Mentor. Role Model. Splendid signs of middle-age and new ways to give and explore.
I've had many mentors, many older folk I look to for guidance and inspiration. When I shadowed the Africa Area Director for Heifer International in 1997, it was the first time I saw a profession I wanted, and bluntly asked him for advice on how I could have his job in 10 years (it ended up taking 12, but I followed his advice to the letter - minimum 3 years overseas, a few more languages, and a Masters degree). Dan and Anne were only 5 years older during Habitat training, but to 26-year-old me they were the international-development-savvy professionals I hoped to become. Beth Scott quickly transitioned from ACCES boss to mentor for how I want to be with people. My beloved piano teacher, her activist husband, some of my beautiful friends here in the valley, even my boisterous pure children - so many people who show me new ways to the light.
As I get older and wiser, I love being increasingly on the giving end of this mentoring deal, though as always I learn just as much as the younger (usually) mentee. It's a challenge not to preach or fall into the illusion that my path should be their path, though entertaining and flattering when they do it themselves. But to offer my life and perspective and choices up as a reflecting wall for others to gain some new ideas or insights about their own path, that is a true gift for myself as well as (hopefully) for others.
As I see these young adults embarking on the exciting, life-defining phase of their lives, I feel surprisingly little envy. I LOVED being that open-to-life's-experiences youth, ready to embrace and challenge and feed on whatever the world could offer up, but feel no need to go back there myself. I'm equally in love with this more settled but still-growing phase, and can vicariously keep that younger experience alive through these connections with others at different points along the journey.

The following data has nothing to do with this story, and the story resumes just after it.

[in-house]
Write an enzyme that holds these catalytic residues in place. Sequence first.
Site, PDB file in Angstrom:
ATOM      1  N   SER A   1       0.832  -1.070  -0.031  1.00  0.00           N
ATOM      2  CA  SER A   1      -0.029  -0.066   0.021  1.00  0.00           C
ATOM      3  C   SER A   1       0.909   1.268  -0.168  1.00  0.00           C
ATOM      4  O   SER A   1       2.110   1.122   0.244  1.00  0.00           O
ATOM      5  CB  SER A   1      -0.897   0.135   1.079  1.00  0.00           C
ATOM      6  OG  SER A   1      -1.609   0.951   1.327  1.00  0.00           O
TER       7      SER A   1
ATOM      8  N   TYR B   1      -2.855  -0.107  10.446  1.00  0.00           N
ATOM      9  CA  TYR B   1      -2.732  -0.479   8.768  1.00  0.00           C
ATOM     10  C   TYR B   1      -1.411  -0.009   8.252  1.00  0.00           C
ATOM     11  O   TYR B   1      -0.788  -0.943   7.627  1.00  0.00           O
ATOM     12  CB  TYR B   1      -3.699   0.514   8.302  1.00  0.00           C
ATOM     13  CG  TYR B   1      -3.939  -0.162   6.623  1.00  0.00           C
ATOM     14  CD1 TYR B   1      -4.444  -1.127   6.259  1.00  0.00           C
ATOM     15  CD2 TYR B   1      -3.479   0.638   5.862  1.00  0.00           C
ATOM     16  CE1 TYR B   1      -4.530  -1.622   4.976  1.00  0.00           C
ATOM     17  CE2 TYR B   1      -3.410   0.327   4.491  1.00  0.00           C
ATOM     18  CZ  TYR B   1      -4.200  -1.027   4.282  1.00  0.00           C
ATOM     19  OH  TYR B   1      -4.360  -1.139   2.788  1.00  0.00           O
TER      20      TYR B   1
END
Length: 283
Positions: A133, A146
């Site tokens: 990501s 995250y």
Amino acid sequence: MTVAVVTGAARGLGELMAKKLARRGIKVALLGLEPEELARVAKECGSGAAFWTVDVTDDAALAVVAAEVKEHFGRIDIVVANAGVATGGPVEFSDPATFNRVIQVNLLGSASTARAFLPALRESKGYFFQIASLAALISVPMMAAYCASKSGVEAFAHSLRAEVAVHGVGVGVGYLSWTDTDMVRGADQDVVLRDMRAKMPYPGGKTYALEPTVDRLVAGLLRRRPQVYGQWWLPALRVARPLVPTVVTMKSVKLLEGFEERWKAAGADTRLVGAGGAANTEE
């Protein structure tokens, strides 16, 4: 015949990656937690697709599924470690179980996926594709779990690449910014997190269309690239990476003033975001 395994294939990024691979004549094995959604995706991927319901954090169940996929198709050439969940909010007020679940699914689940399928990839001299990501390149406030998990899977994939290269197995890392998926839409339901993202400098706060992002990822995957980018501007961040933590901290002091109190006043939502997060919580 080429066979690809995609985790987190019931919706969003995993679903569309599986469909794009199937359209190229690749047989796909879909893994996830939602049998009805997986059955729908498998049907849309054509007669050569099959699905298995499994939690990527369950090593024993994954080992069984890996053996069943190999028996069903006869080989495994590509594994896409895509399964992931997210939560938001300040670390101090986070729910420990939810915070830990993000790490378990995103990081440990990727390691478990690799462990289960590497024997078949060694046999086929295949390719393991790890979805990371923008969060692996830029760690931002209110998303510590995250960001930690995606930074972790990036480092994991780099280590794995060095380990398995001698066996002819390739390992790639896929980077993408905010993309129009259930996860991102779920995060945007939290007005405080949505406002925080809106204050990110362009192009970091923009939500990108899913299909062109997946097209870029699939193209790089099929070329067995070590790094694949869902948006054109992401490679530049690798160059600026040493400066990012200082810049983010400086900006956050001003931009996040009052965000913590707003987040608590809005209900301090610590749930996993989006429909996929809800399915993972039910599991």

This musing is inspired by our current house-guest, a just-19-year-old college freshman from Sarah's undergrad college in Michigan. Each year we host one student for a 2-week life-work experience, and the past two years the guests have been extraordinarily open in their exploring and sharing. As we introduce her to the How and Who of us, we also get to question and relive the decisions we've made and continually make that bring us here, and see ourselves through pure open new eyes.
For example, her first blog posting depicts our idyllic marriage. Subsequent posts paint a beautiful picture of our work, children, land, etc. I read it and wish I could be those people, then remember that I am!
Of course if she stayed longer she'd also see dark and tired days, the uninspired and over-busy days, but just as I don't hide those in my writing, I hope I also don't hide those from her as they naturally occur in our cycle. If I'm truly setting myself up as a learning post, it needs to be an honest and complete picture of one possible reality.
So thank you, dear Charlotte, for being so thirsty and drinking from our oddly-shaped cup for a spell. Know that we receive just as much as we give and learn just as much as we teach, and hope that together we can continue to inspire the better and best in each other.
Write to Renew - One of our previous graduates, the talented Jay Nahani, is leading us in a Write to Renew workshop June 14th. For writers and non-writers alike, this one-d...